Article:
Vincent Namatjira wins Archibald Prize with Goodes portrait
Vincent Namatjira, from Indulkana in South Australia's far north APY Lands, has become the first Indigenous artist to win the Archibald Prize in its 99-year history, with a portrait of fellow Aboriginal footballer Adam Goodes.
Vincent, the great-grandson of iconic Aboriginal watercolour artist Albert Namatjira, accepted the $100,000 prize by video link from Indulkana.
"This is a really special moment for me, and I am feeling a bit nervous and excited," he said.
"What an honor it is to be the first Indigenous winner of the Archibald Prize … it only took 99 years.
"I am so proud to be the first, but I also want to acknowledge all the indigenous finalists and indigenous sitters for the Archibald this year, and in past years."
Another SA artist, Tsering Hannaford, was awarded a special commendation for her entry, titled Self-portrait after "Allegory of Painting", inspired by a 17th-century painting by Italian Baroque artist Artemisia Gentileschi.
She follows in the footsteps of her father, Riverton artist Robert Hannaford, who has been a finalist in the Archibald more than 20 times, but never won.
"The trustees this year, because it was a really, really good competition … decided to award a highly commended in the Archibald Prize," said the Art Gallery of NSW's board president David Gonski.
The subject of Namatjira's winning painting, former Sydney Swans footballer Adam Goodes, sent a message to be read at the announcement.
"I am thrilled that an Indigenous artist, Vincent Namatjira, has won the Archibald Prize for the first time," Goodes said.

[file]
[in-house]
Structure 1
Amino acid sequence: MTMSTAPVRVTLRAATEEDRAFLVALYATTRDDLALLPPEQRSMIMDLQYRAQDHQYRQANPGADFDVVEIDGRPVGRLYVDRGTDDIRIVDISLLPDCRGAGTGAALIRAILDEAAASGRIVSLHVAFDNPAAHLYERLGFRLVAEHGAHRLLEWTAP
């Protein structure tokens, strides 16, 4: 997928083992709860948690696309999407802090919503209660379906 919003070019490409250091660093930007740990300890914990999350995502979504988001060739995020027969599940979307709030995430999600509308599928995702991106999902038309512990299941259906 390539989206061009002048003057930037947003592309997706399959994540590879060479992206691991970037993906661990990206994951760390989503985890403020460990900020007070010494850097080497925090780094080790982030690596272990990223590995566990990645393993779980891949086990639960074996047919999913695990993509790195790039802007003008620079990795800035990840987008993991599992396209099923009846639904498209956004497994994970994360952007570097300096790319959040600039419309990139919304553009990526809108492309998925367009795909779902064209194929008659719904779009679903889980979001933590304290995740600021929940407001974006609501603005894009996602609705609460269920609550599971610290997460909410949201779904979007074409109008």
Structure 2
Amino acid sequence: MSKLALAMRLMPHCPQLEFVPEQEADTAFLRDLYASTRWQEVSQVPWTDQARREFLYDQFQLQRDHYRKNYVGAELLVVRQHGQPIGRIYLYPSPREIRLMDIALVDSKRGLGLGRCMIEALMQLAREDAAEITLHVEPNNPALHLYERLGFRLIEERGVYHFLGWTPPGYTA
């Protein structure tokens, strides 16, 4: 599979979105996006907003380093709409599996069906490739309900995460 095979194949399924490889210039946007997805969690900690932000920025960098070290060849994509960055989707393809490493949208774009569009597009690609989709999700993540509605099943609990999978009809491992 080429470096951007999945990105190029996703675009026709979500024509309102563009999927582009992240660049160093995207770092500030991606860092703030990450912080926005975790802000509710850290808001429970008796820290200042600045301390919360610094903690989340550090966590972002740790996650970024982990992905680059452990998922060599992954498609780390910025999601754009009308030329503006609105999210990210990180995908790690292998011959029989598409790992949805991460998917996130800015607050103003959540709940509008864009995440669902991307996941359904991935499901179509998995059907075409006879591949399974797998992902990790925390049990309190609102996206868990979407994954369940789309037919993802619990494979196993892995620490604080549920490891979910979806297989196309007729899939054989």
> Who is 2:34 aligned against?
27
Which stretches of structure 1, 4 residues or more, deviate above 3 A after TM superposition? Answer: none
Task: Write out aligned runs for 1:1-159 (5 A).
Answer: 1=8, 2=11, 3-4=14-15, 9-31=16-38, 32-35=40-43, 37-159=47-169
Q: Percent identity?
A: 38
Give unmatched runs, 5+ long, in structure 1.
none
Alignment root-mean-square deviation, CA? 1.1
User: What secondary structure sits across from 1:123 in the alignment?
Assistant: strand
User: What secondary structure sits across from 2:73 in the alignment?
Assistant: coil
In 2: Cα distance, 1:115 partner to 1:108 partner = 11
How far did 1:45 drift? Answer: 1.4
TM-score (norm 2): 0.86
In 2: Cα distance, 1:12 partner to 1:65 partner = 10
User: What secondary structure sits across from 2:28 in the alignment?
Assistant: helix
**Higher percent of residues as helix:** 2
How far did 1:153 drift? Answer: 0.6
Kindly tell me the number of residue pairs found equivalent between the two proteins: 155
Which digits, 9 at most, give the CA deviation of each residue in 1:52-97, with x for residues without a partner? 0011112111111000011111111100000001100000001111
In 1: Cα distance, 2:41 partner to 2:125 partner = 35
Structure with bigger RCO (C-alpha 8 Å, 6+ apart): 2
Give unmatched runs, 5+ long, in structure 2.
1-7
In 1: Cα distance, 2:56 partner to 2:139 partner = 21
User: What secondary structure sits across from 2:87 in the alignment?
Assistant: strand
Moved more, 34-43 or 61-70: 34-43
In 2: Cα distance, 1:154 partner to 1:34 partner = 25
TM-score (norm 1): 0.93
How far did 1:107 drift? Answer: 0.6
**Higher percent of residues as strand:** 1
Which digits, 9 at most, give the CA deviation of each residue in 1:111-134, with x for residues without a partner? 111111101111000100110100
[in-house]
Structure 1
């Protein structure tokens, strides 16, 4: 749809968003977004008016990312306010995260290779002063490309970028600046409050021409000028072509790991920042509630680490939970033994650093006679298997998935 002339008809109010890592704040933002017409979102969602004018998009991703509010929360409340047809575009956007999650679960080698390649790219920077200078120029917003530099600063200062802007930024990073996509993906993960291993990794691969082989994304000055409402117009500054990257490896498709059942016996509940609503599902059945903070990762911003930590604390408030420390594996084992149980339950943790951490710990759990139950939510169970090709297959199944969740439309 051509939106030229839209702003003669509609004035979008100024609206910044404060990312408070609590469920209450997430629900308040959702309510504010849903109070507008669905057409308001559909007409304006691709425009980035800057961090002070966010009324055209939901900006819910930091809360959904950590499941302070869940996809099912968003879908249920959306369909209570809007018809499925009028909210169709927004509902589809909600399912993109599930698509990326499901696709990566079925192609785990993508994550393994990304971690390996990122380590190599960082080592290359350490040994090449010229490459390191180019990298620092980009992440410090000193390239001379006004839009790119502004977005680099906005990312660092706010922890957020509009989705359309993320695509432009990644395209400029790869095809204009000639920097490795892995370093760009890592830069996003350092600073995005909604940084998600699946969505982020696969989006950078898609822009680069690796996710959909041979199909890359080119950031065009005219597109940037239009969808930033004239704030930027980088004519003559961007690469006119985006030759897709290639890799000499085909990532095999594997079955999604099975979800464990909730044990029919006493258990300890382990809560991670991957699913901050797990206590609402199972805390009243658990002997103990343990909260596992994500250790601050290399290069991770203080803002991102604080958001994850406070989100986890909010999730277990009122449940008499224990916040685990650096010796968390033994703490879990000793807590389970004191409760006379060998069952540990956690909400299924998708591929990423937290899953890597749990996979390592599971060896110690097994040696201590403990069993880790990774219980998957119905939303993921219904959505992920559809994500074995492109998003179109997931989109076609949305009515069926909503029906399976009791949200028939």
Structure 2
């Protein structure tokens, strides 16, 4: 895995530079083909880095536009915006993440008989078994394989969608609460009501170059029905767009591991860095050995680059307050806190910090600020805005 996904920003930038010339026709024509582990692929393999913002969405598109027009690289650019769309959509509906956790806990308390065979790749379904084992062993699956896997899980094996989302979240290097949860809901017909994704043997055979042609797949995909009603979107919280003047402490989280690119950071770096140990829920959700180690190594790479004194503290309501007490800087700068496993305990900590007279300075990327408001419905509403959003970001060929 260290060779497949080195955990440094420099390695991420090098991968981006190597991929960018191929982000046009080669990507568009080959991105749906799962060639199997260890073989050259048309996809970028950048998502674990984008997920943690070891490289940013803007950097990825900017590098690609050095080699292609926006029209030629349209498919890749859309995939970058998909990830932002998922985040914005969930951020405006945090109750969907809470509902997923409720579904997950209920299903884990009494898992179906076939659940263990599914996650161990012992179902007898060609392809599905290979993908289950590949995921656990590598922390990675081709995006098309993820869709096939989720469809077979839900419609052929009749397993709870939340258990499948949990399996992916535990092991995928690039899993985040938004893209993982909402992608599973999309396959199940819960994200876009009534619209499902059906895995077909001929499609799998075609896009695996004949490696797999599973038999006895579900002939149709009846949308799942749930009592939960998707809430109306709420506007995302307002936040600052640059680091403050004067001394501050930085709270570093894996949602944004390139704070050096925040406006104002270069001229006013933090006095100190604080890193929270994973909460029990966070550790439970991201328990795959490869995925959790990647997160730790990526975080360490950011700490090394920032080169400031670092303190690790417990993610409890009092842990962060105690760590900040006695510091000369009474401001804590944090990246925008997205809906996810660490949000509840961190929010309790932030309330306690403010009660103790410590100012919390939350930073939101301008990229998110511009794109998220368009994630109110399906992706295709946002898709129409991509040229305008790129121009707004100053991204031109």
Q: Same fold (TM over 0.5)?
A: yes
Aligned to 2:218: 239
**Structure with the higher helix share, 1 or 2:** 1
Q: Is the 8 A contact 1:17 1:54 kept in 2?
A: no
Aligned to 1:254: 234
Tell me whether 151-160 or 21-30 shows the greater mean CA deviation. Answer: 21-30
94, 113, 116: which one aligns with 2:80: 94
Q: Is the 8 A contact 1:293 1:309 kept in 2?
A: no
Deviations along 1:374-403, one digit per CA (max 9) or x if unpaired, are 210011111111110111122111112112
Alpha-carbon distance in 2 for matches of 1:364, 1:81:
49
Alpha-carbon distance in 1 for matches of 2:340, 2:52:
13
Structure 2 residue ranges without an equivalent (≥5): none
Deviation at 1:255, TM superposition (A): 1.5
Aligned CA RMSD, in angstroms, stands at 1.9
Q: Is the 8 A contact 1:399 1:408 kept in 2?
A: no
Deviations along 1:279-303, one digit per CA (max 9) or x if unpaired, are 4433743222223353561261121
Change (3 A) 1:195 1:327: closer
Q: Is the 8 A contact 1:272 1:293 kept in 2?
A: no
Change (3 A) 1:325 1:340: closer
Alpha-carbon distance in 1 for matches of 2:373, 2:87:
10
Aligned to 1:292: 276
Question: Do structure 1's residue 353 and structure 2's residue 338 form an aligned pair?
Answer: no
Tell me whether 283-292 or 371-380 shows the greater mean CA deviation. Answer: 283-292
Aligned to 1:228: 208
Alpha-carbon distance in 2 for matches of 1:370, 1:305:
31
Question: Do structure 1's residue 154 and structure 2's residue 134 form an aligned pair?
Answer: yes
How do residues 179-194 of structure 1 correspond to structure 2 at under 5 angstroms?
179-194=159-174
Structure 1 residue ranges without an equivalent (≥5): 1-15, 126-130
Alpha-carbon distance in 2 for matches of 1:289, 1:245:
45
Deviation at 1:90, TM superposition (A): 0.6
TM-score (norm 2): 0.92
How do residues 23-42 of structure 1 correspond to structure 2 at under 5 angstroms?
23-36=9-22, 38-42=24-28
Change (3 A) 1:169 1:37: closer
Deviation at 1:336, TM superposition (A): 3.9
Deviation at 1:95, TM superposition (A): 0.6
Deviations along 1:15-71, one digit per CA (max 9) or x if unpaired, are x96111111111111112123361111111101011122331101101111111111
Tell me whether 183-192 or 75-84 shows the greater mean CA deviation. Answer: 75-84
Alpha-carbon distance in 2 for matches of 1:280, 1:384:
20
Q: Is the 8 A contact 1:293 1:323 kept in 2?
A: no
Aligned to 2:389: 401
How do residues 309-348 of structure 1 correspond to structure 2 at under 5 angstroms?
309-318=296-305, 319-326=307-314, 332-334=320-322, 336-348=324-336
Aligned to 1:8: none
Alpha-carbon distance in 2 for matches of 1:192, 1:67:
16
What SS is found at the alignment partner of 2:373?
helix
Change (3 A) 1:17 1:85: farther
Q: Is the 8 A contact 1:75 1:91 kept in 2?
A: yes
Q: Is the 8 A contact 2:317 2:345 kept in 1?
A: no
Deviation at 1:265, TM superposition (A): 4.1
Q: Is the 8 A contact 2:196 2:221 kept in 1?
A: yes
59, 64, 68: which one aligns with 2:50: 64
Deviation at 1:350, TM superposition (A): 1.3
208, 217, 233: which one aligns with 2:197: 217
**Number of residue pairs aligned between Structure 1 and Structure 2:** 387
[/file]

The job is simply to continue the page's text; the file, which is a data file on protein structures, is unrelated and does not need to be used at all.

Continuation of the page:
"And I am so pleased that it shines a light on all indigenous art. We have a 60,000-year history of art and culture in our people and we share this knowledge and gift of culture with all Australia."
The pair first met in 2018 when Goodes visited the school in Indulkana, where Namatjira lives, as part of his work promoting Indigenous literacy.
Namatjira decided to reconnect with Goodes after watching the 2019 documentary The Final Quarter, which explored the final three years of his playing career when he publicly called out racism, sparking heated public debate.
"Vincent and I are also countrymen. I am so proud of Vincent and his family. Their journey has been shared through art of generations," Goodes said.
Winners were also announced for the Art Gallery of NSW's two other major competitions.
The $50,000 Wynne Prize for landscape painting was also won by an Aboriginal artist, Hubert Pareroultja, a Western Aranda man from the NT, for his work Tjoritja (West MacDonnell Ranges).
The $40,000 Sulman Prize for subject painting, genre painting or mural project was won by Sydney artist Marikit Santiago for her work titled The Divine.
All finalists and winners will be exhibited at the Art Gallery of NSW until January 10.
Originally published as Vincent Namatjira wins Archibald Prize with Adam Goodes portrait